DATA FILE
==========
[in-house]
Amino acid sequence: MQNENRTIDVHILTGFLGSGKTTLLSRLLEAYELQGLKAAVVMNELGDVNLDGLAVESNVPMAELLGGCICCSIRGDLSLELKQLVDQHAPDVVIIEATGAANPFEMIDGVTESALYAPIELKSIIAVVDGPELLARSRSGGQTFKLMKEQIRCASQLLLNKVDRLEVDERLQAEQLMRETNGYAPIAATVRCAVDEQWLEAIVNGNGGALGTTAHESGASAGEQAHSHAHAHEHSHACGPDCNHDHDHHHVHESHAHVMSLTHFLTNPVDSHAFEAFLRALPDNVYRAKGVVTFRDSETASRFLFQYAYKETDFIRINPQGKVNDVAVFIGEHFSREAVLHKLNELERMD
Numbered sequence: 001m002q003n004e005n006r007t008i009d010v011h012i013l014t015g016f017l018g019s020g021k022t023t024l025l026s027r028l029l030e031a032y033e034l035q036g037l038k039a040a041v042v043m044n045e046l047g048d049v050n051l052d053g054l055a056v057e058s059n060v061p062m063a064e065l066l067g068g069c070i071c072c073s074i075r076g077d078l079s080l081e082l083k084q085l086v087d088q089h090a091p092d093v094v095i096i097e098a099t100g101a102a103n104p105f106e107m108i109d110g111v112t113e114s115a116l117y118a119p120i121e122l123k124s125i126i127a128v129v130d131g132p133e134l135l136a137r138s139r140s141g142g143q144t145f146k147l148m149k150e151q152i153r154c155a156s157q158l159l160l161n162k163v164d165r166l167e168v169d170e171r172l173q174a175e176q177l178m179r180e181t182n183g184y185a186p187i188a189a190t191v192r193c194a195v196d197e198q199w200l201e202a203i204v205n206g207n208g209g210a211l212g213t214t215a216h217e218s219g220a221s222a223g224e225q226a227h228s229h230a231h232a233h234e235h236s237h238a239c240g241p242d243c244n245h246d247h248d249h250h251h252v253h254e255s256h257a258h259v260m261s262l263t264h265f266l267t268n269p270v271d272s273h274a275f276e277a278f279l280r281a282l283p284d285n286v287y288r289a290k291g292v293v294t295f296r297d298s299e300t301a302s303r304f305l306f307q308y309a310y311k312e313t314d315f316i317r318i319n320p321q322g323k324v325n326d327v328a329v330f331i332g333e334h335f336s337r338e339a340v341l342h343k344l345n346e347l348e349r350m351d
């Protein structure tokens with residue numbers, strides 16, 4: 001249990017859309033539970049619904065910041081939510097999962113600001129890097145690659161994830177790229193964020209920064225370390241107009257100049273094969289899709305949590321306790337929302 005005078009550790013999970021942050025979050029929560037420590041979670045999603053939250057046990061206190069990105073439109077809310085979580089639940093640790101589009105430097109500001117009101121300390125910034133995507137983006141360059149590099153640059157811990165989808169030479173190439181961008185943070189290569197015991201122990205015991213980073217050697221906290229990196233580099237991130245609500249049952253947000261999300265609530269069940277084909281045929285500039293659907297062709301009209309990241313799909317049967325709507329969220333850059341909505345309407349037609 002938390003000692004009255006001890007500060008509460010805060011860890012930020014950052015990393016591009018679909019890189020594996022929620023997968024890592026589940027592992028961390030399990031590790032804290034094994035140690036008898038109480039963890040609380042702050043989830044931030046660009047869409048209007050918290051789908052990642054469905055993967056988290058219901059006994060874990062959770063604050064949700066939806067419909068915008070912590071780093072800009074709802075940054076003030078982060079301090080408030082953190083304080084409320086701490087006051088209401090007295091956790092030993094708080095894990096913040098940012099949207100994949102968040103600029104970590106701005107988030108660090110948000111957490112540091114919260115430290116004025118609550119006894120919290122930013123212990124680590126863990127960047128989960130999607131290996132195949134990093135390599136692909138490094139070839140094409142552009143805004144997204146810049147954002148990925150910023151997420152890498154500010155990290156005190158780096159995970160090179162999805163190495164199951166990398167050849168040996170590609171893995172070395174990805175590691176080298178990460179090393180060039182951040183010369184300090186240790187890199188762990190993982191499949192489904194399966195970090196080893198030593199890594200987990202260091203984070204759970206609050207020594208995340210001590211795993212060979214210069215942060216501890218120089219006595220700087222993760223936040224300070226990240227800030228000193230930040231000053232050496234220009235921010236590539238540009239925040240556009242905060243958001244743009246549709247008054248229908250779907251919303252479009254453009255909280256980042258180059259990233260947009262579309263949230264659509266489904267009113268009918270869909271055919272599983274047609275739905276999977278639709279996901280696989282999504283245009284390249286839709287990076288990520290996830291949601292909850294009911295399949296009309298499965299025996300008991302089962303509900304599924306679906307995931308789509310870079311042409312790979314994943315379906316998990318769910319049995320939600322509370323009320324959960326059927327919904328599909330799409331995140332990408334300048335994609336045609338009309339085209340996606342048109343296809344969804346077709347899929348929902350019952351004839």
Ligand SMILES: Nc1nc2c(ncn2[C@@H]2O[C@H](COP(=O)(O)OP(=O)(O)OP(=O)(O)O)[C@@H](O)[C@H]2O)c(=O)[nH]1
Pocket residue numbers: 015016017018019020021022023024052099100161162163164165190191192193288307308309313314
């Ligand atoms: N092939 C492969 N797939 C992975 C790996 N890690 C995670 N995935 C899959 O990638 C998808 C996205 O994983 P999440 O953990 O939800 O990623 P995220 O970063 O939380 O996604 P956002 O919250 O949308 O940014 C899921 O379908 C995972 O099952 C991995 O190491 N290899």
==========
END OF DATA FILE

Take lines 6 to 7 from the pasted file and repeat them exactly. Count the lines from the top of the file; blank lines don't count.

Pocket residue numbers: 015016017018019020021022023024052099100161162163164165190191192193288307308309313314
């Ligand atoms: N092939 C492969 N797939 C992975 C790996 N890690 C995670 N995935 C899959 O990638 C998808 C996205 O994983 P999440 O953990 O939800 O990623 P995220 O970063 O939380 O996604 P956002 O919250 O949308 O940014 C899921 O379908 C995972 O099952 C991995 O190491 N290899």